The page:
ready for prime time in Europe because technical and regulatory issues aren’t resolved. Because no one knows
how ENUM will develop, Serentschy said Thurs., regulators are exerting a light touch.

ENUM activities don’t fall within Austria’s telecom act because it specifically excludes domain names from
RTR’s authority, Serentschy said. However, he said, early on the govt. applied for for its ENUM
domain name because it recognized the relationship between telephone numbers and ENUM services. As the domain
owner, RTR sets rules for its use.

Austria ran an ENUM trial, but it’s shifting to a commercial rollout in the late 3rd quarter or early 4th quarter,
Serentschy said. The phase is limited to 2 years because “one of the things we want to find out” is what the
ENUM service will look like, he said. will have the right to operate the registry during that time, he said,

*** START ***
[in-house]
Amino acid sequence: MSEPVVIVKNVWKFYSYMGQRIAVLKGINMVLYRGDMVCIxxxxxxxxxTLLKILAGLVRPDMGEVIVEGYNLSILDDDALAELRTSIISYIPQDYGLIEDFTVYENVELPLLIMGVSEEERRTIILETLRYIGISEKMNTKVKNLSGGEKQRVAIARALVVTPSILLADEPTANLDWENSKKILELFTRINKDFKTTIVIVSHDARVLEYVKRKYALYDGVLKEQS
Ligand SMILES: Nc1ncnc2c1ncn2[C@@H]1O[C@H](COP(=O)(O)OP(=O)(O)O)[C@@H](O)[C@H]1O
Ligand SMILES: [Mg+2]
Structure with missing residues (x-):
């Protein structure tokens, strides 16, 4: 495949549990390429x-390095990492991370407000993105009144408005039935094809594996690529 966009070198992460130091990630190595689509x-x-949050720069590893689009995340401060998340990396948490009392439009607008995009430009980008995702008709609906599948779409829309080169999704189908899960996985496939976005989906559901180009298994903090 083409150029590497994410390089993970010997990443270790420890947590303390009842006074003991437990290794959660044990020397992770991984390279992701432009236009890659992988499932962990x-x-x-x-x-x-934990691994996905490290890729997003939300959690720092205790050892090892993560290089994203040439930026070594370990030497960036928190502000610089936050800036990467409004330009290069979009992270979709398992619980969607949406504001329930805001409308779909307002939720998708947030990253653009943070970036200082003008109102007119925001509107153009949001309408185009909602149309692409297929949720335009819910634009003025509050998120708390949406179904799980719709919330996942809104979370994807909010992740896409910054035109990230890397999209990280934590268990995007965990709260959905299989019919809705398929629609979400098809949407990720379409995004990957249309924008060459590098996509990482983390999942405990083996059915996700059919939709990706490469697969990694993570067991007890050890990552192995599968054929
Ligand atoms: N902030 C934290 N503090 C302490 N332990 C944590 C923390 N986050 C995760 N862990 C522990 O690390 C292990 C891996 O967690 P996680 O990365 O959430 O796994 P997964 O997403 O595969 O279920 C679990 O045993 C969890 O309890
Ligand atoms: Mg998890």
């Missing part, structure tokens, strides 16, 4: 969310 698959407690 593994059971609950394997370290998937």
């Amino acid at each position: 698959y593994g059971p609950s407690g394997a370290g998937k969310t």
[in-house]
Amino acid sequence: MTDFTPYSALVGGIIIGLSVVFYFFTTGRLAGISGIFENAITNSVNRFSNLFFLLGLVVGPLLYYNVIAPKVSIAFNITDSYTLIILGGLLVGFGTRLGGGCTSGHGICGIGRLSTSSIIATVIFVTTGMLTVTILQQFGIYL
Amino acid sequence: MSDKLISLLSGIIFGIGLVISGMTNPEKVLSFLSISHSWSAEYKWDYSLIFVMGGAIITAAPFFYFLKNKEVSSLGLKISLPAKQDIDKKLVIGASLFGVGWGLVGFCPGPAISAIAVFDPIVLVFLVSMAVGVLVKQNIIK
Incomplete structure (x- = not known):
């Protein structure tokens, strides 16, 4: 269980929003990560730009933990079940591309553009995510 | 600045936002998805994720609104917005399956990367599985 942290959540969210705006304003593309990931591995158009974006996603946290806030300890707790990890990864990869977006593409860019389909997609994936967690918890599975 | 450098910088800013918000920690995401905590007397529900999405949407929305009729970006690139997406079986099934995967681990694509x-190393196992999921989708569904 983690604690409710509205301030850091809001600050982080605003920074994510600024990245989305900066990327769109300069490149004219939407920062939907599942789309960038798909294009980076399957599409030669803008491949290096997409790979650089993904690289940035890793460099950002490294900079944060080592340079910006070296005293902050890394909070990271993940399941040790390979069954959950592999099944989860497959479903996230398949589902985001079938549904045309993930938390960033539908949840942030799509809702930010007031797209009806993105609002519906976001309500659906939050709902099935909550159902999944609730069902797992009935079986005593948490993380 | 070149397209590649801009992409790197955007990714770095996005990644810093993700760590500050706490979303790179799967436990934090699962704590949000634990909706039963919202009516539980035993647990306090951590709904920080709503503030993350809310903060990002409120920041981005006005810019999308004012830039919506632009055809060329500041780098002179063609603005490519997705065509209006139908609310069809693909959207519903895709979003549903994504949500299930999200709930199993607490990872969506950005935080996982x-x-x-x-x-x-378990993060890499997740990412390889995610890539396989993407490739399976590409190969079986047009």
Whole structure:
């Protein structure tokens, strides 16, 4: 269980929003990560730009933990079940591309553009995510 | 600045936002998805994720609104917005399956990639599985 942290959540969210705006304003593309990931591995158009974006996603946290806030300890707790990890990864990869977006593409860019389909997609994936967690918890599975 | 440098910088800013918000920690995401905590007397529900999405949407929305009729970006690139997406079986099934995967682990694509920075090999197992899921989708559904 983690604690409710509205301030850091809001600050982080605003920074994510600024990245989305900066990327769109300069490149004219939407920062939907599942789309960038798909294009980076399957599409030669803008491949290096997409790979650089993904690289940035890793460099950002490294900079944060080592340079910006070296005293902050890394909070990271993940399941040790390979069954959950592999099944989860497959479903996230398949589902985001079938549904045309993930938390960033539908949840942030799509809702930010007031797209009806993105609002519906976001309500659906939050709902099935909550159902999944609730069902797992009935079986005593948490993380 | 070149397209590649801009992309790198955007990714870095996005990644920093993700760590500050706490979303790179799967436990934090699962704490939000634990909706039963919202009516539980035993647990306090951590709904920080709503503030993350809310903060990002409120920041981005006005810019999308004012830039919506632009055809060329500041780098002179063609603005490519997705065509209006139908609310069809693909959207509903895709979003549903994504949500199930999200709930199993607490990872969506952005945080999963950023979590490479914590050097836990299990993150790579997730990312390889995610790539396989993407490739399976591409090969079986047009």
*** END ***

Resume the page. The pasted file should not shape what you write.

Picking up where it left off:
but if ENUM proves popular, others may be allowed to bid on providing registry services. Extensive discussion in
the U.S. has concerned whether there should be multiple registries as well as registrars. Austria is most likely to
go with a single registry and several registrars, Serentschy said, but it depends on the market. It’s not clear who
will be most interested in ENUM — consumers, businesses or both, he said. Until that’s known, the govt. doesn’t
want to overload the emerging service with regulatory constraints, he said.

The only regulatory action the govt. has taken is to dedicate a new number range — 780 — for ENUM services,
Serentschy said. The new ordinance takes effect this month. The decision grew out of the country’s ENUM
trial, said Haberler. For individual users, it’s more desirable to have a new number rather than an existing phone
number, he said. The trial showed the biggest problem with ENUM is tracking use of existing phone numbers.
An ENUM entry can exist only in relation to an existing phone number, he said, so if that number is cancelled,